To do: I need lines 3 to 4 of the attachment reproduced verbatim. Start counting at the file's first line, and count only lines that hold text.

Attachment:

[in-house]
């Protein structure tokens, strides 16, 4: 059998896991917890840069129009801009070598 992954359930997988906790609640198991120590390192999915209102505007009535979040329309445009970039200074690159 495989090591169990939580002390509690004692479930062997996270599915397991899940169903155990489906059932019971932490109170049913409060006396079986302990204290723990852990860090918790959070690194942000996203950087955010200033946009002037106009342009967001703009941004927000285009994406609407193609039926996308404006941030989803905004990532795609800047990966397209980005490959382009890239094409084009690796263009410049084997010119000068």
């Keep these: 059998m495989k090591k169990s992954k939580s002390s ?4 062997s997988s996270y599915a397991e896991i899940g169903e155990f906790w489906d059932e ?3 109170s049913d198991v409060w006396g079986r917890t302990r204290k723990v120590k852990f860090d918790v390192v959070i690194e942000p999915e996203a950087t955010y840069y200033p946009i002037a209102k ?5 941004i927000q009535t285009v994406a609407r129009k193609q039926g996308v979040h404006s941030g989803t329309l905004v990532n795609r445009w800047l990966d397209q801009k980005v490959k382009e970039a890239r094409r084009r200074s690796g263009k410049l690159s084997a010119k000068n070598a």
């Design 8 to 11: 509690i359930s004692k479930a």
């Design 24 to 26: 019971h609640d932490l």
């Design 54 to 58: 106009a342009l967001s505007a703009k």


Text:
């Keep these: 059998m495989k090591k169990s992954k939580s002390s ?4 062997s997988s996270y599915a397991e896991i899940g169903e155990f906790w489906d059932e ?3 109170s049913d198991v409060w006396g079986r917890t302990r204290k723990v120590k852990f860090d918790v390192v959070i690194e942000p999915e996203a950087t955010y840069y200033p946009i002037a209102k ?5 941004i927000q009535t285009v994406a609407r129009k193609q039926g996308v979040h404006s941030g989803t329309l905004v990532n795609r445009w800047l990966d397209q801009k980005v490959k382009e970039a890239r094409r084009r200074s690796g263009k410049l690159s084997a010119k000068n070598a």
């Design 8 to 11: 509690i359930s004692k479930a």